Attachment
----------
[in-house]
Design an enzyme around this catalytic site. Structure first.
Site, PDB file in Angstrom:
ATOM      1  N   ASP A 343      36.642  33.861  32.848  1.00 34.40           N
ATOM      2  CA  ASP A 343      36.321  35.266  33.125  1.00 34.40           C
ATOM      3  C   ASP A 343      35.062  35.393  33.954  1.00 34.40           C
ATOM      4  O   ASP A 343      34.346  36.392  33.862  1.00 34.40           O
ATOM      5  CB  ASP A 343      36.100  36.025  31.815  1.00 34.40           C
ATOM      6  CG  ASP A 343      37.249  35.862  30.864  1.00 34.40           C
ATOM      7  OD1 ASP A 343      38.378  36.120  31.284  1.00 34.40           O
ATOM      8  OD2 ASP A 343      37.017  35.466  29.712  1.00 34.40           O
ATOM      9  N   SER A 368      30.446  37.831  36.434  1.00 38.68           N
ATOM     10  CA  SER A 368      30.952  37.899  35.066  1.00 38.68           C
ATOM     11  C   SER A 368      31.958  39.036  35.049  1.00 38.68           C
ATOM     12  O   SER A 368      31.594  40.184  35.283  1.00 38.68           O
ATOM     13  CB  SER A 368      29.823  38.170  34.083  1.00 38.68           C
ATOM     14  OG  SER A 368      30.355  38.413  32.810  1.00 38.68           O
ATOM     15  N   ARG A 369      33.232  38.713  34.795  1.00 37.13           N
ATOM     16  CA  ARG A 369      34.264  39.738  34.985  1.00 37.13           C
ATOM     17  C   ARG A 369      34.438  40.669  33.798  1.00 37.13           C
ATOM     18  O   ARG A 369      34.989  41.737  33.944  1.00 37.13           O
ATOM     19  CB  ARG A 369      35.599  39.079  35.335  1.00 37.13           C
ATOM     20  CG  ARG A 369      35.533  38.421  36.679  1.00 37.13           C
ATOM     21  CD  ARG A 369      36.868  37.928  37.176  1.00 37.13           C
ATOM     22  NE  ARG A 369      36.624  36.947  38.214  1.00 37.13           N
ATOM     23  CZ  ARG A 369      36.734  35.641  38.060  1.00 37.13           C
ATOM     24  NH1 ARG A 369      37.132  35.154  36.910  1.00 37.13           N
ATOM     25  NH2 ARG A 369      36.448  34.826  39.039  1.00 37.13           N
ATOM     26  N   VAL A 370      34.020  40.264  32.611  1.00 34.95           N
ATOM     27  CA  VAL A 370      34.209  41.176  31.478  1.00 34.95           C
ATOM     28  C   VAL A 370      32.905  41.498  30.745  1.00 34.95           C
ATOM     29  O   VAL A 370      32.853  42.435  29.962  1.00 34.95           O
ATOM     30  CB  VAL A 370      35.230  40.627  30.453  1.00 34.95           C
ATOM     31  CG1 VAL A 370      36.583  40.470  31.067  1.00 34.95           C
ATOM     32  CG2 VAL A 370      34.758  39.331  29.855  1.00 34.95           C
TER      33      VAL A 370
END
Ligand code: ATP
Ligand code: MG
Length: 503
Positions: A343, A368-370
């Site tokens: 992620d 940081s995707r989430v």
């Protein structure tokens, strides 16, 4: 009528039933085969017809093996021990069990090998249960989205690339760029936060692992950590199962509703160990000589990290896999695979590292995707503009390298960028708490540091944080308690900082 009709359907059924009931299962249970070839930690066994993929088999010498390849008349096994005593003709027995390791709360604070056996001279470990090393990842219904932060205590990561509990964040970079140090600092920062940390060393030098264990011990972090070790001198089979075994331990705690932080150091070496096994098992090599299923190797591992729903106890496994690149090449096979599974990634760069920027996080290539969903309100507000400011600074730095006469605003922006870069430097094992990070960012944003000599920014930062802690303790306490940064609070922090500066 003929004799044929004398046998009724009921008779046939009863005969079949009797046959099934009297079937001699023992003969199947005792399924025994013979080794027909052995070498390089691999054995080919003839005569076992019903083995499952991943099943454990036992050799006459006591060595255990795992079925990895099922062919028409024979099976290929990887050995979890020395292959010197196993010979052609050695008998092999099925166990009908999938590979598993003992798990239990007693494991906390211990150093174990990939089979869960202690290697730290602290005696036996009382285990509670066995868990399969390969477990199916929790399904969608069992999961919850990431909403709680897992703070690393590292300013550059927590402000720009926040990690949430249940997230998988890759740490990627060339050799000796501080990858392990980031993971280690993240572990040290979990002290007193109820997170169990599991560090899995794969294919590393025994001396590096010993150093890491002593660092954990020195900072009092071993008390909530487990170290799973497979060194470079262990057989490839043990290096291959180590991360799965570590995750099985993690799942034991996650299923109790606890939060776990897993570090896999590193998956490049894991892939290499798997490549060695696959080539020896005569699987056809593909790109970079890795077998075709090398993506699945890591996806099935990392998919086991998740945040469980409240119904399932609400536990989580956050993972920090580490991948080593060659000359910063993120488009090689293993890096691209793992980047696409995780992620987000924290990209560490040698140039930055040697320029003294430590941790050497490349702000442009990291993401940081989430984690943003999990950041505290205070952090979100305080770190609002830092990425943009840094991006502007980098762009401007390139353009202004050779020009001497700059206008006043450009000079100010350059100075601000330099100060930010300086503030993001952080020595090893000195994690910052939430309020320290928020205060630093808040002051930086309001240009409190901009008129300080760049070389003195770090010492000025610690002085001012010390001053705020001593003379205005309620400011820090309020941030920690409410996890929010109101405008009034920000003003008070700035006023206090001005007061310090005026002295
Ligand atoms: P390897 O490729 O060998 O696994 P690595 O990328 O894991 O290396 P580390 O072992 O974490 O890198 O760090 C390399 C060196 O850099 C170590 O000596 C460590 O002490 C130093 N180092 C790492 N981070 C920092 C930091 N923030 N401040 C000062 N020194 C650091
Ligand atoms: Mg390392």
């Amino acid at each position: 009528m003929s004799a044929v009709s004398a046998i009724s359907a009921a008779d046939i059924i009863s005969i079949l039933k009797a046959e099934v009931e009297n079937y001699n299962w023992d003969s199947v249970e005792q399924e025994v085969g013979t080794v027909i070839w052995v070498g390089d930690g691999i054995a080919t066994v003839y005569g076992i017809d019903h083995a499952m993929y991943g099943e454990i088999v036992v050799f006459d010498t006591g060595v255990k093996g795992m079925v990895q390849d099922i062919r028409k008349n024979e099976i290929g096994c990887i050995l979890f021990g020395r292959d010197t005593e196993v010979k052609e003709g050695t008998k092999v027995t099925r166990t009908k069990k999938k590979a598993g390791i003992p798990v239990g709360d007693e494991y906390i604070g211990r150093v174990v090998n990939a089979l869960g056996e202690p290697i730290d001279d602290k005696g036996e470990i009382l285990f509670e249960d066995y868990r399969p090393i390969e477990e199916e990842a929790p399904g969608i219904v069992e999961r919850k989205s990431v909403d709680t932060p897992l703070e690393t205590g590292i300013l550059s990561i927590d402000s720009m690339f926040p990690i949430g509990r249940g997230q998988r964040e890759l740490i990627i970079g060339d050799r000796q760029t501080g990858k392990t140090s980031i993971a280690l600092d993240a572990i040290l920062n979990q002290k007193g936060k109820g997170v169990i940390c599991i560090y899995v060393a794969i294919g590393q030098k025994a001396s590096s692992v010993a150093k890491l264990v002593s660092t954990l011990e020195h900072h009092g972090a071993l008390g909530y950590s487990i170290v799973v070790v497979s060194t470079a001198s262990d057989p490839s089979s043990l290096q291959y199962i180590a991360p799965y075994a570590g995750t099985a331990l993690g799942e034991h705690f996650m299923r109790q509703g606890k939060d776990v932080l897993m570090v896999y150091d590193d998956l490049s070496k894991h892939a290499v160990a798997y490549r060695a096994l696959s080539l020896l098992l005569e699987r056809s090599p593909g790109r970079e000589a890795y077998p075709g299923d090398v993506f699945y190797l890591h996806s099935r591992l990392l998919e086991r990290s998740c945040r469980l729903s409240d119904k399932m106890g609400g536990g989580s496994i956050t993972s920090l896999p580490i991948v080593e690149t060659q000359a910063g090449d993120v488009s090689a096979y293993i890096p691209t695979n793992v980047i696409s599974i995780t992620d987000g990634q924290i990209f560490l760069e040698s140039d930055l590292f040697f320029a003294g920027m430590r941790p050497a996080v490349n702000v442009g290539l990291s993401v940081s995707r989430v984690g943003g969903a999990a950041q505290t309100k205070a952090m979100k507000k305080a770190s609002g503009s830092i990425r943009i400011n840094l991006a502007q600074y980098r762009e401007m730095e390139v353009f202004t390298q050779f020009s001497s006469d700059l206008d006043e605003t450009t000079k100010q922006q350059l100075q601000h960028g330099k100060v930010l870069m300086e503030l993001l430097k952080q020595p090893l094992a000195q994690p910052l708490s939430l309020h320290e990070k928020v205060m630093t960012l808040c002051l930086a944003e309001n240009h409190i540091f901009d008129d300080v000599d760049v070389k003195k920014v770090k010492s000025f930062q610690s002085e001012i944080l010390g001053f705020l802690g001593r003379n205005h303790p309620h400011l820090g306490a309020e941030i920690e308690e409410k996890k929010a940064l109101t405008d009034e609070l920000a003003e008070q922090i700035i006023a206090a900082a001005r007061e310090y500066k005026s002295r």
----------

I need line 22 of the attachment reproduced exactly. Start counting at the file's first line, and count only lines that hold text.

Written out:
ATOM     19  CB  ARG A 369      35.599  39.079  35.335  1.00 37.13           C